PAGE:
The Molly Blackburn Hall exhibition space was reopened yesterday, 19 September with a programme of performances and talks called “Re-thinking Art at UCT”, hosted by the University of Cape Townʼs (UCT) Works of Art Committee (WOAC).
The event served several purposes, said committee chairperson Associate Professor Jay Pather. These included showcasing “the exquisite work” done by students and introducing the UCT community to the new works that the university has acquired, as well as the reopening of the exhibition space.
Referring to the ongoing controversy that has swirled around art on campus in recent years, Pather said: “Most of the work [of the WOAC] after the issues of two years ago was about balancing and finding new ways to curate artworks that make our space a public space.”
Among the “issues” to which he alluded were the burning of artworks belonging to UCT during the 2016 “Shackville” protests and the subsequent criticism that was levelled at the university for displaying art that some found offensive. Two examples were Breyten Breytenbach’s “Hovering Dog” and Willie Bester’s sculpture of Sarah Baartman.
Many of the complaints seem to coalesce around issues of racial representation in art, and the perceived need for transformation in UCT’s curatorial policies. The university received further criticism for allowing the removal or concealment of certain artworks.
Task team investigation
“The 2016 investigation of the artwork task team found that 79.1% of the collection – the artwork that UCT obtained – was work produced by white artists,” said Pather.
“The task team also found that, to a lesser extent, art by male artists dominated the collection. In line with this, the committee was tasked with not simply addressing the imbalance but with understanding where and how this had begun to happen.”
“Balancing the collection is indeed not just recognition [of the artists] but understanding what the rest of the world is seeing, in terms of black artists and especially black women artists.”
The WOAC, he explained, had been “trying to find a connection that adequately reflects what is happening in our country and meeting the changing demographics of our university community”.
“What we have done as a committee is to develop strong student as well as staff representation.
“Balancing the collection is indeed not just recognition [of the artists] but understanding what the rest of the world is seeing, in terms of black artists and especially black women artists,” he said.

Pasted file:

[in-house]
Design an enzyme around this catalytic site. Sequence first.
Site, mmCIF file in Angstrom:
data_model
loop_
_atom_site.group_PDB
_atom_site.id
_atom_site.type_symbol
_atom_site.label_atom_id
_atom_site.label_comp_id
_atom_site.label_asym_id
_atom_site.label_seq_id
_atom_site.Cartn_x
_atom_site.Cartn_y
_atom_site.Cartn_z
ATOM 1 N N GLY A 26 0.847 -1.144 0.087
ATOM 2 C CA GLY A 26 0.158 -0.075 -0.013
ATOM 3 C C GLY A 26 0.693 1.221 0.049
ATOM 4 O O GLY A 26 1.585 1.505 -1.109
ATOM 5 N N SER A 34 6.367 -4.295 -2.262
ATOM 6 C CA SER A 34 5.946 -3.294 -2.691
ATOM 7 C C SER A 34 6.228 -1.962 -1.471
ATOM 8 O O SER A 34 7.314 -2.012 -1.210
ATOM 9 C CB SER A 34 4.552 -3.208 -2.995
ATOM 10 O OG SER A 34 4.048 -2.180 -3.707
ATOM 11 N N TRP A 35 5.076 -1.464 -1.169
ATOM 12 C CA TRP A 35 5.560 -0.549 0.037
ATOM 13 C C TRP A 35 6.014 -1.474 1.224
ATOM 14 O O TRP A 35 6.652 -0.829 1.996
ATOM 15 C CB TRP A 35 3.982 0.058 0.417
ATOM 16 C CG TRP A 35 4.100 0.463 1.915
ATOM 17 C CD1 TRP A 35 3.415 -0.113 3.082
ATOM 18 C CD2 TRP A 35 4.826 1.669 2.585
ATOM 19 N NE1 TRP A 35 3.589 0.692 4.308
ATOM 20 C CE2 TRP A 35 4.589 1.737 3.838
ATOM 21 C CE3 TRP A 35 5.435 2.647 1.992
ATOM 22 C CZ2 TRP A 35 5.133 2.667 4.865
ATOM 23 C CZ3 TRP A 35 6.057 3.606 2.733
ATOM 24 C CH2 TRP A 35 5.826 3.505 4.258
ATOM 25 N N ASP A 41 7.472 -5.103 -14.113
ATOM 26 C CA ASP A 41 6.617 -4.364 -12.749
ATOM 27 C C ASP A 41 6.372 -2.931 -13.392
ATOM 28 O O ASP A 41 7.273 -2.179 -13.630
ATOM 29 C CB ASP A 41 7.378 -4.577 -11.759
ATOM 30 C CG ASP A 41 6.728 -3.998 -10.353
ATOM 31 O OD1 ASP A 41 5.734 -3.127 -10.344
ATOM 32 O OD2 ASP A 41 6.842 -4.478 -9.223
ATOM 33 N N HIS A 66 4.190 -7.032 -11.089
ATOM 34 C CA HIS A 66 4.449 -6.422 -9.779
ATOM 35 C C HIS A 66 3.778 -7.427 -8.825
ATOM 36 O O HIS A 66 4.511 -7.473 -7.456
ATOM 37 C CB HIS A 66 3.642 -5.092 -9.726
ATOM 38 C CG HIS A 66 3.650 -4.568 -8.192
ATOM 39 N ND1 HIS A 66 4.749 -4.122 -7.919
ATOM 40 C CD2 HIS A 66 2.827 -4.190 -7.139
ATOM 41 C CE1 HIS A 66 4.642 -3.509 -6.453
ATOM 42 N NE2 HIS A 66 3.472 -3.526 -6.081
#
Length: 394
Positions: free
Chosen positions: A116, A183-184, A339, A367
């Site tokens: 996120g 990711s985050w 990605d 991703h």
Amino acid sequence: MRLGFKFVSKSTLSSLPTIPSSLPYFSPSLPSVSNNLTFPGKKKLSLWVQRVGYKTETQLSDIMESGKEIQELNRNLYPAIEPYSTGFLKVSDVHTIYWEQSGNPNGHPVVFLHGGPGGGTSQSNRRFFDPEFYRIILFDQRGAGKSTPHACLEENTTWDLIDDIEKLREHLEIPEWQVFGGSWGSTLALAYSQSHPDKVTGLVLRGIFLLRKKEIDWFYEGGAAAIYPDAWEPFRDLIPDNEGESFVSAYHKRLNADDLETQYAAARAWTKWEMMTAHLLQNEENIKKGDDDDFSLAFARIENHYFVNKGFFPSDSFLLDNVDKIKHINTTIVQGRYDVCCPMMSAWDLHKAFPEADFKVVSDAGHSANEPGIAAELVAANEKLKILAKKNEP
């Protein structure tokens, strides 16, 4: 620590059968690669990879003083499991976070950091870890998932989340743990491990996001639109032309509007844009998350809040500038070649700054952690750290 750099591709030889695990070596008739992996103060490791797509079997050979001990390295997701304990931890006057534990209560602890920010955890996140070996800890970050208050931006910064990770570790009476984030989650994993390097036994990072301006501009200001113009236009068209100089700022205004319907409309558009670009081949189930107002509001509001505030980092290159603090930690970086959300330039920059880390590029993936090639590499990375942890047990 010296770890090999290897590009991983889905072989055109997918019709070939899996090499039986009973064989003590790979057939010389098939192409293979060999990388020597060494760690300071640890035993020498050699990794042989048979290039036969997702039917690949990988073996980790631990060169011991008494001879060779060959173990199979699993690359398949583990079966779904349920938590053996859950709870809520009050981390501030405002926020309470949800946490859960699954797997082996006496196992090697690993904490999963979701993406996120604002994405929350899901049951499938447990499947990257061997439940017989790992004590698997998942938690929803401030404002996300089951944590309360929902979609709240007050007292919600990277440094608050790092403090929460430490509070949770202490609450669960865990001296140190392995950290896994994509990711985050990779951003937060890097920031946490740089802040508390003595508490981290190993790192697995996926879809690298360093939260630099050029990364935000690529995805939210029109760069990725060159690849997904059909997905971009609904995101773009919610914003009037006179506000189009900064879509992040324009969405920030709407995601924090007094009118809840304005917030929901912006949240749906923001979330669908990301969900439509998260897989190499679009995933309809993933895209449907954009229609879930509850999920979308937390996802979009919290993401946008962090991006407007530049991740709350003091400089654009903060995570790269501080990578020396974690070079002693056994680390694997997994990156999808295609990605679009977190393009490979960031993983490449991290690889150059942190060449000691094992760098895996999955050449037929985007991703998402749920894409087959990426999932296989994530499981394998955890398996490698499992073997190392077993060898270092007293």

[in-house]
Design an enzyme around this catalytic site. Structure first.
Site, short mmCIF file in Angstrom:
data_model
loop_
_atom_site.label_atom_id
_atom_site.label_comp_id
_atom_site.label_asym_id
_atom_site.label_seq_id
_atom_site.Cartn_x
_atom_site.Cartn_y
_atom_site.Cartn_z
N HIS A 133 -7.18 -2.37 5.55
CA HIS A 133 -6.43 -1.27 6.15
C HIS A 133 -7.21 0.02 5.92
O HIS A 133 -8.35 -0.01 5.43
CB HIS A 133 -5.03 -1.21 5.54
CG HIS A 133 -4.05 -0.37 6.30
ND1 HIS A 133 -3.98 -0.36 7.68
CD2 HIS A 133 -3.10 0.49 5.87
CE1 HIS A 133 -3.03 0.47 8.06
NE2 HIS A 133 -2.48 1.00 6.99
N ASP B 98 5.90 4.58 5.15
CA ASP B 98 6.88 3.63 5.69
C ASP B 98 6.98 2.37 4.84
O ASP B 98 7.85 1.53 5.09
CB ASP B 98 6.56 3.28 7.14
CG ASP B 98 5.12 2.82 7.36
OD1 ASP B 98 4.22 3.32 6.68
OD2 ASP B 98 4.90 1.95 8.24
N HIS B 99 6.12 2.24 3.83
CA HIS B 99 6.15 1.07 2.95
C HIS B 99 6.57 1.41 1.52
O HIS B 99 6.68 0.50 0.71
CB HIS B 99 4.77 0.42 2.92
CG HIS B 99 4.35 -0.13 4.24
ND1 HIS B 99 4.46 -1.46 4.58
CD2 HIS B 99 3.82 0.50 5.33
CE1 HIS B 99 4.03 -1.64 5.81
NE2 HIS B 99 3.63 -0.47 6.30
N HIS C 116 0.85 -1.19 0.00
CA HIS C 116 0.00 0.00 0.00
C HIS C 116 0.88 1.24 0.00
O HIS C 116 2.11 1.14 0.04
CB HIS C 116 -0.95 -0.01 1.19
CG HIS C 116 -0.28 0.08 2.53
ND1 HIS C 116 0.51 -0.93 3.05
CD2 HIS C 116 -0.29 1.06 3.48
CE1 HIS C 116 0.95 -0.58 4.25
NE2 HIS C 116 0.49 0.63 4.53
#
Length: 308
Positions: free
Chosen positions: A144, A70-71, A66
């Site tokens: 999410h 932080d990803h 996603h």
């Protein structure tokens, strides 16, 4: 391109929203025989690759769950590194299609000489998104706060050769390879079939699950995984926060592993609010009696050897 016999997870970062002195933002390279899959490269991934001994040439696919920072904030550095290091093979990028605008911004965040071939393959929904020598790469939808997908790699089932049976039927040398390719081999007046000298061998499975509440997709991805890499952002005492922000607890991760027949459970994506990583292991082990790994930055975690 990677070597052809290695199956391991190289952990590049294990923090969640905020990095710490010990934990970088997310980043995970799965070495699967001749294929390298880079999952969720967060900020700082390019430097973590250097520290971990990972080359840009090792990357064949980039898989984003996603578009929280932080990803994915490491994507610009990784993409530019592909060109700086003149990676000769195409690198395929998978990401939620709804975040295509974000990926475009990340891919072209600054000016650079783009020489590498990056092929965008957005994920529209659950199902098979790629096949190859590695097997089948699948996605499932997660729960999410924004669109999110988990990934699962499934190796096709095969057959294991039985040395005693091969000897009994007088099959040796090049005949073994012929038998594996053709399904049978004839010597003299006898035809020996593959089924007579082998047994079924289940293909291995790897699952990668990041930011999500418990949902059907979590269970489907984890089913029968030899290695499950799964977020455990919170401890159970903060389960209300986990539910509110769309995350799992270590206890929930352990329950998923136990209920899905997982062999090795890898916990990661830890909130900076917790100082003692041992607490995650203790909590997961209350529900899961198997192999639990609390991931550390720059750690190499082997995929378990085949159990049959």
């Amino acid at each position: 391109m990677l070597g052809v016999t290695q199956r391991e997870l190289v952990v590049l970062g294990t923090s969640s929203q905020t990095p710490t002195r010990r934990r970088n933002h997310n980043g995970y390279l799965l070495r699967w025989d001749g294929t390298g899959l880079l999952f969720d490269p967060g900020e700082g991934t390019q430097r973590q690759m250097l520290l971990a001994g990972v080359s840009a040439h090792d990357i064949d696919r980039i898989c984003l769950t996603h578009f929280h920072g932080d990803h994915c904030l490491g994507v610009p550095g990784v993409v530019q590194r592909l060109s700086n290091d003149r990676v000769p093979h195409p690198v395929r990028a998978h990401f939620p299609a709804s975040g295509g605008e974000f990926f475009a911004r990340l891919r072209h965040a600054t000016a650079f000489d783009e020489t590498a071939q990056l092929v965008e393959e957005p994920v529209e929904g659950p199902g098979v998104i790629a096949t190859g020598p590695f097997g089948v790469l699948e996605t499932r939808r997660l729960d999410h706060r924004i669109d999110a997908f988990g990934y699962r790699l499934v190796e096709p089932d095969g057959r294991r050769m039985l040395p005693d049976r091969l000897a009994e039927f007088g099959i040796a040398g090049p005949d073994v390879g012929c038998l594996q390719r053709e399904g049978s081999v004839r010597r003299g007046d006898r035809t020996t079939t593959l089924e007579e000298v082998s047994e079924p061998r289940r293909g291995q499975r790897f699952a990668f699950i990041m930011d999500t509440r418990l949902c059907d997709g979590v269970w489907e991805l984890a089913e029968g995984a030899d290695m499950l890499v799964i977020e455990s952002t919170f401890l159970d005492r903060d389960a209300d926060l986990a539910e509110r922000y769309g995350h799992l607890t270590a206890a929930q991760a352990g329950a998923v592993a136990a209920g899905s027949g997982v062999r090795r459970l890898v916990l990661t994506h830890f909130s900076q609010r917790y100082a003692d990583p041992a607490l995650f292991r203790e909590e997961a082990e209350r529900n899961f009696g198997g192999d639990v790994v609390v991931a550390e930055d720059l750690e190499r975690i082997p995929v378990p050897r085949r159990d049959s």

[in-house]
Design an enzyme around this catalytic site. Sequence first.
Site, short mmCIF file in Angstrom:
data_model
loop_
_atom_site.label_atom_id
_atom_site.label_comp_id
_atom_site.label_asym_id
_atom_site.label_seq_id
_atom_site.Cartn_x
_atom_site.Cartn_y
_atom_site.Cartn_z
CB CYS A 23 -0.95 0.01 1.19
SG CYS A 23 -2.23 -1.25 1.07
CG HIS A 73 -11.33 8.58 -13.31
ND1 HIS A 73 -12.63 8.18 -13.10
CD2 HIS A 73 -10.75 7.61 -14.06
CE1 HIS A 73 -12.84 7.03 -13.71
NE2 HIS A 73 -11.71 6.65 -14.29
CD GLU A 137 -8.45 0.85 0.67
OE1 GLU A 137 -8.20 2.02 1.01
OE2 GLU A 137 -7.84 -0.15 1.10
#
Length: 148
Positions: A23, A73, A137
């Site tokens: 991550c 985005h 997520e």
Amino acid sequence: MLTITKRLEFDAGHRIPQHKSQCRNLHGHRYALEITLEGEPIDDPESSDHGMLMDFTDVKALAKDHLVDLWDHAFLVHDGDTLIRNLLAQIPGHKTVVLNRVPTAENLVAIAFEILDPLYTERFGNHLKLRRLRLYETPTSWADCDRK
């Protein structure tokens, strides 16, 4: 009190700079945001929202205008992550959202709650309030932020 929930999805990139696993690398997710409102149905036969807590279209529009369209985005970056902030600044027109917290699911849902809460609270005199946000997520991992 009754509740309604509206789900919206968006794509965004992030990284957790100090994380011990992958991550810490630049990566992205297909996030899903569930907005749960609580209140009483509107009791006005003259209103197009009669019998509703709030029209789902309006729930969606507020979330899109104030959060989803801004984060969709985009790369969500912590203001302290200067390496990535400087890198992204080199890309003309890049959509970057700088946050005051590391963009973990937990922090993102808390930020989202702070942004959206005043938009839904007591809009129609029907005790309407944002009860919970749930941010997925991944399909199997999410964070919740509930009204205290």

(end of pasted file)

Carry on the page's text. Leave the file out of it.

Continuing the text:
UCT students added to the occasion with a celebration of performance art in the Sarah Baartman Hall.
Chairperson of the WOAC Dr Nomusa Makhubu said: “When we [the WOAC] were constituted in 2016, we realised that the artworks that we see around us are not just there. The spaces that we use, we don’t just use them to learn… we also feel them. It’s ... a particular kind of public space.”
The WOAC has thus been responding to the need for a curatorial policy that reflects the affective element of public spaces.
“In that curatorial policy we began to think about strategies of reshaping the spaces collectively,” said Makhubu.
Feeling at home
“In many cases, wherever we have a re-curation, there is a lot of consultation and talking with the people who will use those spaces. And this, of course, has been very effective in creating the kinds of spaces that make us all feel at home.”
“The spaces that we use, we don’t just use them to learn… we also feel them.”
UCT students provided the occasion with a celebration of performance art. The space in Sarah Baartman Hall was opened with a cleansing ritual curated by Mandla Mbothwe. Various dance pieces followed, by Nasfa Ncanywa, Xolani Maxwell Rani, Sonwabile Qamoyi, Ngobunono Mtshabe and Miliswa Mbandazayo.
The universityʼs new acquisitions include works by artists including Colbert Mashile, Sethembile Msezane, Aida Muluneh, Quaid Henneke, Nobukho Nqaba, Adolf Tega, Goldendean, Banele Khoza, Buhlebezwe Siwani, Yonela Makoba and Thania Petersen.
Blackburnʼs daughter Gillian Cox, who attended the event, presented a tribute to her mother and her legacy as an anti-apartheid activist.
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